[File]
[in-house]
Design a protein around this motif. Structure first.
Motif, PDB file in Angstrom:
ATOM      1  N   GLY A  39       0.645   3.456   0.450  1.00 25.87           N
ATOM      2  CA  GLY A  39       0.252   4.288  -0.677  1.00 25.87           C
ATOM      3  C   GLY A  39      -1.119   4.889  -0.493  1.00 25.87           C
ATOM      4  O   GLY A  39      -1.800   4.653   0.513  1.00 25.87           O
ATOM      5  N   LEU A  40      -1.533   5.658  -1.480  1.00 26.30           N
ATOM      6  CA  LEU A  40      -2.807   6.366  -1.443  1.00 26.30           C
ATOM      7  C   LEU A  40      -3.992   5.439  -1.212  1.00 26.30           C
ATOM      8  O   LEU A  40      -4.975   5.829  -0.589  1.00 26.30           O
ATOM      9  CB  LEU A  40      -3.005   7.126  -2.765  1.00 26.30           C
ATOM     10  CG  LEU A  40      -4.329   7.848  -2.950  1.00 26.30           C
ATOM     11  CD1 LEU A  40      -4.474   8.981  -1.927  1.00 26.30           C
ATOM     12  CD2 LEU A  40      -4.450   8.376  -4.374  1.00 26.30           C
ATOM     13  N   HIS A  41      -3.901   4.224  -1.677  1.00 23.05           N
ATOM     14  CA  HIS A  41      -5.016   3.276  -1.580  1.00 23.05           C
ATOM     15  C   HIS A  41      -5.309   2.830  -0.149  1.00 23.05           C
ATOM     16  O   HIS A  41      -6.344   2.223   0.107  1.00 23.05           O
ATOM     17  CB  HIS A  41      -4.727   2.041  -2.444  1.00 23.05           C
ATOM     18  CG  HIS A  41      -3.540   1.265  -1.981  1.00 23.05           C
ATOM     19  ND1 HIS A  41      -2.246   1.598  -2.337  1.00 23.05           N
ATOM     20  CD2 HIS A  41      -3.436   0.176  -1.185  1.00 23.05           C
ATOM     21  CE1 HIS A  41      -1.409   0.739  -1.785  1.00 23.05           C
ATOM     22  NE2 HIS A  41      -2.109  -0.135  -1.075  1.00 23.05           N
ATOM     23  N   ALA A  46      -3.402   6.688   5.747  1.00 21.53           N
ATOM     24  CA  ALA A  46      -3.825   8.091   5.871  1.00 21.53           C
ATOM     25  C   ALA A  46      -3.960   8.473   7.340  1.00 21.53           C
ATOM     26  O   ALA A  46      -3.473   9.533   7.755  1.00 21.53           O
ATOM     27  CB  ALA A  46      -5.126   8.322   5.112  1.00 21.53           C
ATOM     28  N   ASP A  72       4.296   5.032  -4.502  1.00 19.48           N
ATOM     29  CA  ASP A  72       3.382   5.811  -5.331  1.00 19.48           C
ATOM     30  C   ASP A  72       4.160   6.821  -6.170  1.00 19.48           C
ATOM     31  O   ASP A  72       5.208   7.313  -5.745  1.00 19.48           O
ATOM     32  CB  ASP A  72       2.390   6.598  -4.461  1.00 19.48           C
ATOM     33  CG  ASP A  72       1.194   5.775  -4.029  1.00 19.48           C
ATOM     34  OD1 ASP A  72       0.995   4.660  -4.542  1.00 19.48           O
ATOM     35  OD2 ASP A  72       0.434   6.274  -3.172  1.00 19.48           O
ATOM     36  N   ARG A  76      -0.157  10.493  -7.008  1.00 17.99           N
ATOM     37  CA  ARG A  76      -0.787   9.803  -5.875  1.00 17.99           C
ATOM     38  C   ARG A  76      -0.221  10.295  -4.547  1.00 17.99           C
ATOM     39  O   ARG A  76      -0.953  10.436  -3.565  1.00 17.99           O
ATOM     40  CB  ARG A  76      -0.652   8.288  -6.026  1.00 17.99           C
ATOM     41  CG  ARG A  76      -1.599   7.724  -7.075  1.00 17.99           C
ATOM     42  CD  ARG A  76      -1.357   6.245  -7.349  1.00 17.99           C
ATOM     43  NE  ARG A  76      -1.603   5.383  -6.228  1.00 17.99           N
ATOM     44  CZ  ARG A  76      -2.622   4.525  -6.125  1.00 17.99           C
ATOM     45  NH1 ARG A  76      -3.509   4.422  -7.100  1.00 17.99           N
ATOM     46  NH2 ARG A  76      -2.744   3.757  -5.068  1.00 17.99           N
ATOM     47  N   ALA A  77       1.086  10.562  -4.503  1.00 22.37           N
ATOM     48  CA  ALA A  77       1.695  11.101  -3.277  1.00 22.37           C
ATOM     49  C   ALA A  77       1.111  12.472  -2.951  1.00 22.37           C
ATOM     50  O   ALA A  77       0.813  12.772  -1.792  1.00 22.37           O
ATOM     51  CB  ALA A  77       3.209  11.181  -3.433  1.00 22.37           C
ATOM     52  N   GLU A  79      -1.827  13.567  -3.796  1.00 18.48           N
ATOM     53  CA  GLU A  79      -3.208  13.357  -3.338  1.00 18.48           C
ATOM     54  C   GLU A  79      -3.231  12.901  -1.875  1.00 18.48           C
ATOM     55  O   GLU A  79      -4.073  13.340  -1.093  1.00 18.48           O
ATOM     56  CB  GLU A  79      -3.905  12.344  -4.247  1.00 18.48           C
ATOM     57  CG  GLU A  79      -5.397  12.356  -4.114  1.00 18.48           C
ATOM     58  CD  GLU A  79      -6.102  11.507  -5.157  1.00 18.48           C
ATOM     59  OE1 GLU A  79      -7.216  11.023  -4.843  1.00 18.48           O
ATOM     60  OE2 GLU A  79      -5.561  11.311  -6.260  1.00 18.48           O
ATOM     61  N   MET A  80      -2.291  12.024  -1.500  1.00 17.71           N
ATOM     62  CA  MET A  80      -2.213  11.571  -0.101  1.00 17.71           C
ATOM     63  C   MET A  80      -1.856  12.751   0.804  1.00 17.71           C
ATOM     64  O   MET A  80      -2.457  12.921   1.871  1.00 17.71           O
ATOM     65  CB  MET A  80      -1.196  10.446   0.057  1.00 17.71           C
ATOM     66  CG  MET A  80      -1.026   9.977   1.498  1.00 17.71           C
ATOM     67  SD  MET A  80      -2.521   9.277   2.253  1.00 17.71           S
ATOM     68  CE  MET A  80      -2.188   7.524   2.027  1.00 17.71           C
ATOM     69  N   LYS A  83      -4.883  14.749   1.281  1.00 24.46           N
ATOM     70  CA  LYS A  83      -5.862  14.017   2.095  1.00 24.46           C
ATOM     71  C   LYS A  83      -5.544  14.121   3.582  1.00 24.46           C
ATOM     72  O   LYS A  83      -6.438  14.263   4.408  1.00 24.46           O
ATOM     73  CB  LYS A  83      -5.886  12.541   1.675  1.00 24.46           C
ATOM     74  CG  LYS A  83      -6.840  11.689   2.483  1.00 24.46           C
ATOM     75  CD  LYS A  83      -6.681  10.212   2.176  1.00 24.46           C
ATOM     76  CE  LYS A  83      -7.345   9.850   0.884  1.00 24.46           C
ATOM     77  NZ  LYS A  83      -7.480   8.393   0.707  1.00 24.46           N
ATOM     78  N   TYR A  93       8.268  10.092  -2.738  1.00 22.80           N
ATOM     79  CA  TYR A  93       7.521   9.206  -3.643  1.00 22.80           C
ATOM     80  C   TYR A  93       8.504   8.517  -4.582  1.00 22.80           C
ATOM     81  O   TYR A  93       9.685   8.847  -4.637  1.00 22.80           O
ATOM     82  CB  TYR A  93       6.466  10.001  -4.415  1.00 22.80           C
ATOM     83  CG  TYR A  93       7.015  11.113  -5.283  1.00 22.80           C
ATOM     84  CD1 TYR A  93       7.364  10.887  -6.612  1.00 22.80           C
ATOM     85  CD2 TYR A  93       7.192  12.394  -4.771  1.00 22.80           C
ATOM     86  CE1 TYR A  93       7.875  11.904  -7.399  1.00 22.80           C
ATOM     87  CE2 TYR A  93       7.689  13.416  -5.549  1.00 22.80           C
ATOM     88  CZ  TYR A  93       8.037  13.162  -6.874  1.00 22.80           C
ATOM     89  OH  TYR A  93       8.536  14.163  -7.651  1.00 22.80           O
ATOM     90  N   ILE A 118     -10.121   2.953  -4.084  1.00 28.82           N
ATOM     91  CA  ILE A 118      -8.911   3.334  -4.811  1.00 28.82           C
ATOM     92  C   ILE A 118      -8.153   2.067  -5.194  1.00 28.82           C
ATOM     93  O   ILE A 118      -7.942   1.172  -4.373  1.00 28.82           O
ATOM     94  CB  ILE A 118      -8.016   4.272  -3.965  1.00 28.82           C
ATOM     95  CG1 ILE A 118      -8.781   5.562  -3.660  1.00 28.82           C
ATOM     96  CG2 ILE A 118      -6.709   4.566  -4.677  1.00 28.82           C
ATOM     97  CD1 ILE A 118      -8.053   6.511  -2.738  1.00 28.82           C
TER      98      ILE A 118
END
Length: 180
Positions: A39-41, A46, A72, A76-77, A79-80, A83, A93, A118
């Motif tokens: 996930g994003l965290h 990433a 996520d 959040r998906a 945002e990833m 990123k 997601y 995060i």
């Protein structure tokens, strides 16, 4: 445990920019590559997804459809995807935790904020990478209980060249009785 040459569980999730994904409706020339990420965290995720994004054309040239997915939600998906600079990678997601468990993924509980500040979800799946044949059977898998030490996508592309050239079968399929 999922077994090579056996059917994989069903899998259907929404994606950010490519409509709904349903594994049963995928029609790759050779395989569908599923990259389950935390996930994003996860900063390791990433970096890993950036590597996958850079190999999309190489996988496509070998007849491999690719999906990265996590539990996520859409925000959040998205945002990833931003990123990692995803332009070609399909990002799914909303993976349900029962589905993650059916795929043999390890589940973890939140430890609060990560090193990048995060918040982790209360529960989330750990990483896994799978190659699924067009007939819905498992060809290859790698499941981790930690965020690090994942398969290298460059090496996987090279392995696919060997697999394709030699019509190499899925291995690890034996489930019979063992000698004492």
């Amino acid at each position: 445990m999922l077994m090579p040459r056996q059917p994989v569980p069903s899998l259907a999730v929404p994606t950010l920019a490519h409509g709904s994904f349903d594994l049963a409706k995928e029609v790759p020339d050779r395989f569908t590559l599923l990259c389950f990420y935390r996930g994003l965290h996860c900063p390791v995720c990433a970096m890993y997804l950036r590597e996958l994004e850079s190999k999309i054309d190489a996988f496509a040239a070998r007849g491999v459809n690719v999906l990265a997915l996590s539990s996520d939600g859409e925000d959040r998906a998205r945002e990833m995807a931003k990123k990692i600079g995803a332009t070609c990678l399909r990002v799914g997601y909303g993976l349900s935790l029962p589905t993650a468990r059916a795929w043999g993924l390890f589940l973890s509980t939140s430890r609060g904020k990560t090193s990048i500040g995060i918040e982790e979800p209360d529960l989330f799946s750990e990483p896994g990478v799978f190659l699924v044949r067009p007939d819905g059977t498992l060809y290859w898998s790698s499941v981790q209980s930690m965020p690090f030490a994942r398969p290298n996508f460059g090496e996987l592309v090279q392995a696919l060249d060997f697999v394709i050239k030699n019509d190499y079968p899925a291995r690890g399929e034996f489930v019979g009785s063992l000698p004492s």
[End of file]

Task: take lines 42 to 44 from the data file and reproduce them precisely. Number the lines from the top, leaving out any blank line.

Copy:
ATOM     39  O   ARG A  76      -0.953  10.436  -3.565  1.00 17.99           O
ATOM     40  CB  ARG A  76      -0.652   8.288  -6.026  1.00 17.99           C
ATOM     41  CG  ARG A  76      -1.599   7.724  -7.075  1.00 17.99           C